The Greatest Goal I Ever Saw: Spurs' Gareth Bale vs. QPR,

I remember walking back through Tottenham after the game and knowing we could do something that season...
Publish date:
Updated on

#130972021 /

The Greatest Goal I Ever Saw: Spurs' Gareth Bale vs. QPR

The back-stretch of 2011 was a strange time. Gareth Bale wore the number 3, Harry Redknapp was the new Rinus Michels and Tottenham Hotspur were being touted for the title.

In what is without doubt the best half-season of being a Spurs fan I’ve ever had, we were ripping sides to shreds every week, scoring for fun and in one stretch won 10 out of 11 games in the Premier League. New signing Scott “Scottie” Parker and his Cattermole-esque shorts were the perfect foils for Luka Modric’s mercurial talents; and the front four of Bale, Rafa van der Vaart, Aaron Lennon and Emmanuel Adebayor were a joy to behold.

Ah, it seemed those days would never end, but a cataclysmic second half of the season crushed all my silly little dreams – if only Defoe’s legs were a little longer. Anyway, about half way through the aforementioned hot run of form came my favourite Tottenham goal. In late October, we hosted QPR in what is probably the worst London derby there is. This game, however, was entertaining from the off as we raced into a characteristic early lead, going 2-0 up courtesy of van der Vaart and Bale. In the first half we were truly magnificent, I mean we absolutely took them to pieces and should probably have had it sewn up by half time. But a scrappy Jay Bothroyd goal on the hour mark meant the atmosphere in the ground was transformed. I seem to remember it being bitterly cold and wet and this just added to the torture that was the ten minutes following Bothroyd’s goal. It was only early in the season but this game was important in keeping our momentum and I knew we were going to throw it away. Knew it.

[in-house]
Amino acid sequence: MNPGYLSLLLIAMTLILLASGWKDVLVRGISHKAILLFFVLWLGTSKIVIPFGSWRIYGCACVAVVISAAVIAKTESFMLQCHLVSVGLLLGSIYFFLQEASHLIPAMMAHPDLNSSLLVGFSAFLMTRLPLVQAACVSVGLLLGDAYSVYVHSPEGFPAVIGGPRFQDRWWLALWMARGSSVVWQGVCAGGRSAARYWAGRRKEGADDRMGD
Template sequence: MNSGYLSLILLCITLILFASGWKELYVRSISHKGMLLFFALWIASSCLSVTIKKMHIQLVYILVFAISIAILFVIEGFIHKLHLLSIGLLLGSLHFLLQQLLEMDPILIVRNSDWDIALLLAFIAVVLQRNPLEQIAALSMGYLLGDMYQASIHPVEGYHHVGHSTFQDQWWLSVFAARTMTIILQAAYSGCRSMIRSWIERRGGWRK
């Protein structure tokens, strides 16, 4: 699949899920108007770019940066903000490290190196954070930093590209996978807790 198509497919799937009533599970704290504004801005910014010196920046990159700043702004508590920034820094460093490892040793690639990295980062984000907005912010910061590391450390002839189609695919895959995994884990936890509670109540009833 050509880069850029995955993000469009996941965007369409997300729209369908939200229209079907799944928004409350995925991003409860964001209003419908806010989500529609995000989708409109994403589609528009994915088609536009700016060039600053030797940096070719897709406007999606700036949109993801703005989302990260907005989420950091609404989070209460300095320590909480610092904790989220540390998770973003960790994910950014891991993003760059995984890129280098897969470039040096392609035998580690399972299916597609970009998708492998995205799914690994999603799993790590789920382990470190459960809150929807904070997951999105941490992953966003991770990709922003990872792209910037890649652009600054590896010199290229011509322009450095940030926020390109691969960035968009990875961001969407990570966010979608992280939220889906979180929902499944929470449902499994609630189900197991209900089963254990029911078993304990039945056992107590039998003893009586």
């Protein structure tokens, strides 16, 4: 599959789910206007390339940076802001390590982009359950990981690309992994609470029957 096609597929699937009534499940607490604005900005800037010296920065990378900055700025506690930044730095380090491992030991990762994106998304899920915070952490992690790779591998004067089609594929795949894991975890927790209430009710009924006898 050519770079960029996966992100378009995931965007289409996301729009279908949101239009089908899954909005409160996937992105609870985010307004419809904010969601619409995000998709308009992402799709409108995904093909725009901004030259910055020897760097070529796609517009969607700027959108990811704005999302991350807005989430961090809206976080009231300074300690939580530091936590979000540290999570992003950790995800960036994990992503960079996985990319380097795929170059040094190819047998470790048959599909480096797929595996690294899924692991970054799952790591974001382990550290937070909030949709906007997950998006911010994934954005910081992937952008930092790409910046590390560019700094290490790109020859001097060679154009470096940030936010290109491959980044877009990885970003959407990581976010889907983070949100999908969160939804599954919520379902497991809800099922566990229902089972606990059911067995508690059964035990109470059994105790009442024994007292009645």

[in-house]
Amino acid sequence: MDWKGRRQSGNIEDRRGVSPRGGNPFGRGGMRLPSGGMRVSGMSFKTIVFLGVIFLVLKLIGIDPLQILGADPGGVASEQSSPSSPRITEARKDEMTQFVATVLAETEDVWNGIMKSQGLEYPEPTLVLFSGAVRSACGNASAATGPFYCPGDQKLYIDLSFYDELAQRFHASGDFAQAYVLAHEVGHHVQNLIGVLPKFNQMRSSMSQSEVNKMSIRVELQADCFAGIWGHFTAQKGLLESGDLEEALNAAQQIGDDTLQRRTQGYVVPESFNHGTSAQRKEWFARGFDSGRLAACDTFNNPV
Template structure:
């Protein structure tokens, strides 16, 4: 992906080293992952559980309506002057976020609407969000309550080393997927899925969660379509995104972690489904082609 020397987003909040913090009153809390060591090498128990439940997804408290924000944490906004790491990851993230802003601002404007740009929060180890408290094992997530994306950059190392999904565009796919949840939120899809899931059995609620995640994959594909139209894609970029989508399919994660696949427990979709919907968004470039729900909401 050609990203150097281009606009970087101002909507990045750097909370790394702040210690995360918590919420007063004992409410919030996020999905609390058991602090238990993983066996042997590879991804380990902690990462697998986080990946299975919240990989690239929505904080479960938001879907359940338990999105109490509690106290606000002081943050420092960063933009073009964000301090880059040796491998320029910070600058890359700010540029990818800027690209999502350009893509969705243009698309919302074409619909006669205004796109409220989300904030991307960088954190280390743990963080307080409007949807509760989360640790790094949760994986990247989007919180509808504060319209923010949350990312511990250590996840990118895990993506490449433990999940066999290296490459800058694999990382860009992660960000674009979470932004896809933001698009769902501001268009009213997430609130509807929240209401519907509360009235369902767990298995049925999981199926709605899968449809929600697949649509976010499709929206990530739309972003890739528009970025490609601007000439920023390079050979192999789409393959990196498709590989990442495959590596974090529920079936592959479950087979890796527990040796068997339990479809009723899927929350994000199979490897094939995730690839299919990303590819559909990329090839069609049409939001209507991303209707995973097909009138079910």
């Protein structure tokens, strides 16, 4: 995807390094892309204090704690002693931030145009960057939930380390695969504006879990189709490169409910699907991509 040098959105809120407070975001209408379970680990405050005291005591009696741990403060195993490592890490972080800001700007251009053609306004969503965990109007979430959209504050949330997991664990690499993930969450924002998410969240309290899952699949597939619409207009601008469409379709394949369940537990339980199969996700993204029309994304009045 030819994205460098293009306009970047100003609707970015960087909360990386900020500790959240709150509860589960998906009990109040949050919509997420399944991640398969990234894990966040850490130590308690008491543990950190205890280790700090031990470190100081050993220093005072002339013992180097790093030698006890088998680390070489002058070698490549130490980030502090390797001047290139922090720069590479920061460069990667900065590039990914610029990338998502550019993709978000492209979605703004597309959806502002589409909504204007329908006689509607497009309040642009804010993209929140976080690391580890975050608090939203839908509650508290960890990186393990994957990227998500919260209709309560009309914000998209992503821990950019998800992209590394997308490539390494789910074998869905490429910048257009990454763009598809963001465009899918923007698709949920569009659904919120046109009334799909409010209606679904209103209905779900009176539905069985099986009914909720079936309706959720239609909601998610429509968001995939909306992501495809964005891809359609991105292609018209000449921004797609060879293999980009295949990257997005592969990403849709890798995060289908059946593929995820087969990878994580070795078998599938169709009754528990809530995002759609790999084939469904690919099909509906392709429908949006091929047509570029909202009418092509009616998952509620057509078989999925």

But then it happened. Spurs launched a foray forward and, after three quick, pinpoint passes between Lennon and Bale, the Welshman curled the ball past Paddy Kenny from the edge of the box to send us all into delirium.


It was over in the blink of an eye but I was right behind it and it really did feel amazing. And we were going to do it, we were actually going to win. It wasn’t a particularly significant win – it only kept us fifth – but it was the fact that we hadn’t crumbled, as much as the impact of the goal itself, that made it so special. The utter relief I felt then was something I’ve only ever experienced a handful of times at a football match and I remember walking back through Tottenham after the game; across the road and through the estate and all the way back to the car with my dad, and knowing we could do something that season.

Jermain Defoe’s late winner at West Brom a few weeks later would again elicit this feeling but Bale’s goal stands out above that. I’ve witnessed better Spurs goals, more important goals, goals I’ve celebrated more (I remember injuring myself in the aftermath of Mousa Dembele’s last-gasp winner at Lyon) but this is my favourite without question.

On that cold, dark afternoon I really began to believe.